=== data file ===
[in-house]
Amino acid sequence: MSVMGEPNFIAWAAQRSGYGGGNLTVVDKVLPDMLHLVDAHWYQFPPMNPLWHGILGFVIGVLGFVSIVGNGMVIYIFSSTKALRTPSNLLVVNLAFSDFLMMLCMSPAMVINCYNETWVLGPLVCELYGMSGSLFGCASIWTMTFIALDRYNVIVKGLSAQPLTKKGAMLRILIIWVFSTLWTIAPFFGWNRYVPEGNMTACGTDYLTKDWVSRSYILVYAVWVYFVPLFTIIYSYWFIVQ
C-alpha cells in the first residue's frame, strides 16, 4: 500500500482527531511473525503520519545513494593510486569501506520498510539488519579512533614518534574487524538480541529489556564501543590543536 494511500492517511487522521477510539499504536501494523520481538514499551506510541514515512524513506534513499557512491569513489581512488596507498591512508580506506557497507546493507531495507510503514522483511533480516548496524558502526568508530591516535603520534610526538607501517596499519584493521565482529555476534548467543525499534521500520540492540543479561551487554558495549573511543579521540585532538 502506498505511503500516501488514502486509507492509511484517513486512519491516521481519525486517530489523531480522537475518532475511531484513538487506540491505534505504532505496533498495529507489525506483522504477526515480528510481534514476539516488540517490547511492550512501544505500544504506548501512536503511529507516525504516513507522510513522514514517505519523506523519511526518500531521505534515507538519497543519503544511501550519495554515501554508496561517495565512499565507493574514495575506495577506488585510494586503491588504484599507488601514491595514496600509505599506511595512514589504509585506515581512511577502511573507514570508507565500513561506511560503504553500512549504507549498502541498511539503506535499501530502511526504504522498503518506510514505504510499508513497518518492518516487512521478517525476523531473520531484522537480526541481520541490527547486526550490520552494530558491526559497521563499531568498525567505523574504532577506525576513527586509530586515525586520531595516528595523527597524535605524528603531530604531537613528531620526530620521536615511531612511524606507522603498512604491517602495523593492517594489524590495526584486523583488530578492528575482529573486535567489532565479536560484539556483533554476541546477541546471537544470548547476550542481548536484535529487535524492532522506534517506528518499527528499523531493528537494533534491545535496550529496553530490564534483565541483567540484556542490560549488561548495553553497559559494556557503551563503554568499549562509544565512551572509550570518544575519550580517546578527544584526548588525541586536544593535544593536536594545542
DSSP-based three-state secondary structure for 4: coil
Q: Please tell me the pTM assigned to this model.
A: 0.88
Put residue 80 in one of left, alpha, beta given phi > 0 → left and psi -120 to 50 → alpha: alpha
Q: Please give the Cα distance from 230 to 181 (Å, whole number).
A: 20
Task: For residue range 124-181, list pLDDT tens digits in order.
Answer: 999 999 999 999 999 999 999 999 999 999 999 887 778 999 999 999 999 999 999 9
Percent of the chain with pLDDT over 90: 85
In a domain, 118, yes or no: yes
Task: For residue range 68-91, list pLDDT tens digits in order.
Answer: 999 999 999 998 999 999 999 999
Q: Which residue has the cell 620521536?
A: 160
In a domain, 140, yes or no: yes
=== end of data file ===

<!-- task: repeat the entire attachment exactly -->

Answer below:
[in-house]
Amino acid sequence: MSVMGEPNFIAWAAQRSGYGGGNLTVVDKVLPDMLHLVDAHWYQFPPMNPLWHGILGFVIGVLGFVSIVGNGMVIYIFSSTKALRTPSNLLVVNLAFSDFLMMLCMSPAMVINCYNETWVLGPLVCELYGMSGSLFGCASIWTMTFIALDRYNVIVKGLSAQPLTKKGAMLRILIIWVFSTLWTIAPFFGWNRYVPEGNMTACGTDYLTKDWVSRSYILVYAVWVYFVPLFTIIYSYWFIVQ
C-alpha cells in the first residue's frame, strides 16, 4: 500500500482527531511473525503520519545513494593510486569501506520498510539488519579512533614518534574487524538480541529489556564501543590543536 494511500492517511487522521477510539499504536501494523520481538514499551506510541514515512524513506534513499557512491569513489581512488596507498591512508580506506557497507546493507531495507510503514522483511533480516548496524558502526568508530591516535603520534610526538607501517596499519584493521565482529555476534548467543525499534521500520540492540543479561551487554558495549573511543579521540585532538 502506498505511503500516501488514502486509507492509511484517513486512519491516521481519525486517530489523531480522537475518532475511531484513538487506540491505534505504532505496533498495529507489525506483522504477526515480528510481534514476539516488540517490547511492550512501544505500544504506548501512536503511529507516525504516513507522510513522514514517505519523506523519511526518500531521505534515507538519497543519503544511501550519495554515501554508496561517495565512499565507493574514495575506495577506488585510494586503491588504484599507488601514491595514496600509505599506511595512514589504509585506515581512511577502511573507514570508507565500513561506511560503504553500512549504507549498502541498511539503506535499501530502511526504504522498503518506510514505504510499508513497518518492518516487512521478517525476523531473520531484522537480526541481520541490527547486526550490520552494530558491526559497521563499531568498525567505523574504532577506525576513527586509530586515525586520531595516528595523527597524535605524528603531530604531537613528531620526530620521536615511531612511524606507522603498512604491517602495523593492517594489524590495526584486523583488530578492528575482529573486535567489532565479536560484539556483533554476541546477541546471537544470548547476550542481548536484535529487535524492532522506534517506528518499527528499523531493528537494533534491545535496550529496553530490564534483565541483567540484556542490560549488561548495553553497559559494556557503551563503554568499549562509544565512551572509550570518544575519550580517546578527544584526548588525541586536544593535544593536536594545542
DSSP-based three-state secondary structure for 4: coil
Q: Please tell me the pTM assigned to this model.
A: 0.88
Put residue 80 in one of left, alpha, beta given phi > 0 → left and psi -120 to 50 → alpha: alpha
Q: Please give the Cα distance from 230 to 181 (Å, whole number).
A: 20
Task: For residue range 124-181, list pLDDT tens digits in order.
Answer: 999 999 999 999 999 999 999 999 999 999 999 887 778 999 999 999 999 999 999 9
Percent of the chain with pLDDT over 90: 85
In a domain, 118, yes or no: yes
Task: For residue range 68-91, list pLDDT tens digits in order.
Answer: 999 999 999 998 999 999 999 999
Q: Which residue has the cell 620521536?
A: 160
In a domain, 140, yes or no: yes